Save Money in College
Education is tough on the wallet, and everyone is always trying to save money in college. Not only is tuition inching up each year (do they think we won’t notice?), but when you consider how much textbooks, rent, food, and general living costs, it all adds up to thousands of dollars over four years.
And that’s if you’re lucky and you manage to get all of your classes to fit within in that time frame.
It’s tough weighing your options, mainly because no one really wants to skimp on their education—it’s your most valuable possession, after all.
It might require a little extra work, but there are ways you can save your bank account and your diploma all at once. Here are some tips to save money in college.
Cheap Textbooks in Cambridge
The average cost of school supplies (textbooks, laptops, fun Post-It notes) per student per year is over $1,000—and it’s still climbing. In fact, the cost of books is rising faster than the cost of tuition in most areas.
Of course, this number may be off if you consider the fact that some textbooks cost over $300. For one book. That you will use for a single semester. Ugh.
In my college career, I have never been forced to spend more than $300 per semester on books.
Now, this may be due to my journalism major (another fun way to save money in college is to avoid the sciences) but when I was going through general education courses at BU, this still held pretty true.
As a rising senior (cue heart palpitations), my best tip is buy used. Not only are used book stores usually local businesses, but their prices cannot be beat.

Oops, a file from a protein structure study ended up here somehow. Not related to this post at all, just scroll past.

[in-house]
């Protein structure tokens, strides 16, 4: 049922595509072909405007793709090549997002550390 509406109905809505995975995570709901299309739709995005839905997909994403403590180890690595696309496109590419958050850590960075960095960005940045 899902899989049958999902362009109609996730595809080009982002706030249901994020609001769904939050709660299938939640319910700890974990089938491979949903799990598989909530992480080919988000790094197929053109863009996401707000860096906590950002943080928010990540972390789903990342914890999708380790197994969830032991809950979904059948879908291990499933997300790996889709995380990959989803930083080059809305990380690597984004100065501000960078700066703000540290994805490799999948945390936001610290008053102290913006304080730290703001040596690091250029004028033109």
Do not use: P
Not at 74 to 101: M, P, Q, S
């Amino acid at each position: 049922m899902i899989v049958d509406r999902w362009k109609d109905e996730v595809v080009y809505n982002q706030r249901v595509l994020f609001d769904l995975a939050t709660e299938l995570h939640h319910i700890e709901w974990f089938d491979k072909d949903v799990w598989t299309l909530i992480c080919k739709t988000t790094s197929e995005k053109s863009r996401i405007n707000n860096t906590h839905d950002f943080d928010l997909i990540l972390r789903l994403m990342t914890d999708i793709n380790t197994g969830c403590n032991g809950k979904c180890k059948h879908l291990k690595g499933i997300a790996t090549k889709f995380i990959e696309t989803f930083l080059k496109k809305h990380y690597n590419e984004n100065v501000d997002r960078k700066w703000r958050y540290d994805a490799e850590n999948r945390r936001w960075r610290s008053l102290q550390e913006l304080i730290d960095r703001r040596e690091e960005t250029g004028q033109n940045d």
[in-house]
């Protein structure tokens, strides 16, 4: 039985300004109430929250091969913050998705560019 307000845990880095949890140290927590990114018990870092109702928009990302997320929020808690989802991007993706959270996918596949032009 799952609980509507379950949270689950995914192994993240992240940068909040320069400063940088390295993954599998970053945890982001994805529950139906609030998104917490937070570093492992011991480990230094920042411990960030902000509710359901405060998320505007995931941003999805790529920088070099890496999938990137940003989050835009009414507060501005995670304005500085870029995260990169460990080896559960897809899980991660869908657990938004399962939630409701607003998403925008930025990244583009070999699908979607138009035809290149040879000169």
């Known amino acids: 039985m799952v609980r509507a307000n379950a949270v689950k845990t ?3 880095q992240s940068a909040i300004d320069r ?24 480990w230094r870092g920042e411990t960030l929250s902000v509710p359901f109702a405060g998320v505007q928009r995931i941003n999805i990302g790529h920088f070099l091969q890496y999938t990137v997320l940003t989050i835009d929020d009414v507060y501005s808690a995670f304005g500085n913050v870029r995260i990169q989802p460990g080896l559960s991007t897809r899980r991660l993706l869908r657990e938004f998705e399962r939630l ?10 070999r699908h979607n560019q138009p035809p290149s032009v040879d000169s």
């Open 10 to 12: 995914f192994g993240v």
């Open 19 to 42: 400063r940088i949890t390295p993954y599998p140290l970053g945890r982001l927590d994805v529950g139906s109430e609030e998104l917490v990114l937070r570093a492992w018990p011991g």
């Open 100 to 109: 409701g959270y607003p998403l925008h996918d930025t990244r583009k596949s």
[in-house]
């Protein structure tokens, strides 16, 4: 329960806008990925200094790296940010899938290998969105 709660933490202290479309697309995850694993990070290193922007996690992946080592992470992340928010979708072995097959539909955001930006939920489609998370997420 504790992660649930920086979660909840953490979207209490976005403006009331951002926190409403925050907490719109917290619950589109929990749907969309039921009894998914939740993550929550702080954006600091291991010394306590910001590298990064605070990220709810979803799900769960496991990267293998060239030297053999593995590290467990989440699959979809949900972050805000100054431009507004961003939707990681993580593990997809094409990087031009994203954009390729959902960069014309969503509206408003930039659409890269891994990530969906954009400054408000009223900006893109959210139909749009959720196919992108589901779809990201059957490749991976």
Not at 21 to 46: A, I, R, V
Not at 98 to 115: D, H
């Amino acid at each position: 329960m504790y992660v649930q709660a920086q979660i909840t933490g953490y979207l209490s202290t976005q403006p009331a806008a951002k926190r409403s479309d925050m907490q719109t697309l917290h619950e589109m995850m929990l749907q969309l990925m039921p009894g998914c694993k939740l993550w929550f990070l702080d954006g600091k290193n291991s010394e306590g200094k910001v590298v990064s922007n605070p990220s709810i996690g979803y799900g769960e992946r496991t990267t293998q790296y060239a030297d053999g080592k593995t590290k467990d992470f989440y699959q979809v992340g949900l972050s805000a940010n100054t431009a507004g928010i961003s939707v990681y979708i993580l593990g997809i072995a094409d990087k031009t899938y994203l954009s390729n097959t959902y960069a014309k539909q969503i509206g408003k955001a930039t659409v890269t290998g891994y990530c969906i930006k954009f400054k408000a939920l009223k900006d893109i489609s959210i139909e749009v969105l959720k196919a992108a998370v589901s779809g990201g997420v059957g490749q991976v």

You’ll have to paw around and maybe fight off other students with your purse/satchel/man bag to get your hands on that certain edition, but it’s worth it when you realize you paid 25 percent of the university bookstore’s price.
Warning: If you’re anything like me, you’ll need to fend off that urge to impulse-buy basically every novel on the shelf that’s priced under $6, but hey, you probably needed to fill your bookshelf anyway.
If you’re around Harvard Square, check out Raven Used Books, which dedicates its stock to scholarly publications—perfect for your diploma and your wallet. All in all, a great way to save money in college.
Renting and downloading are also viable options, but I need to highlight and annotate books half to death to understand things. Keep your learning method in mind as you navigate this needlessly difficult path of textbook purchasing.
MOOCs at Harvard (and Beyond…)
With the skyrocketing price of tuition (which is increasing at four times the rate of inflation), massive open online courses—also called MOOCs—are becoming a cheaper and way more viable option for millions of students across the country. It’s one of the four great ways to save money in college.
Many universities, including Harvard University and my beloved Boston University, are beginning to offer online courses in fields like management, technology
development, and on and on and on.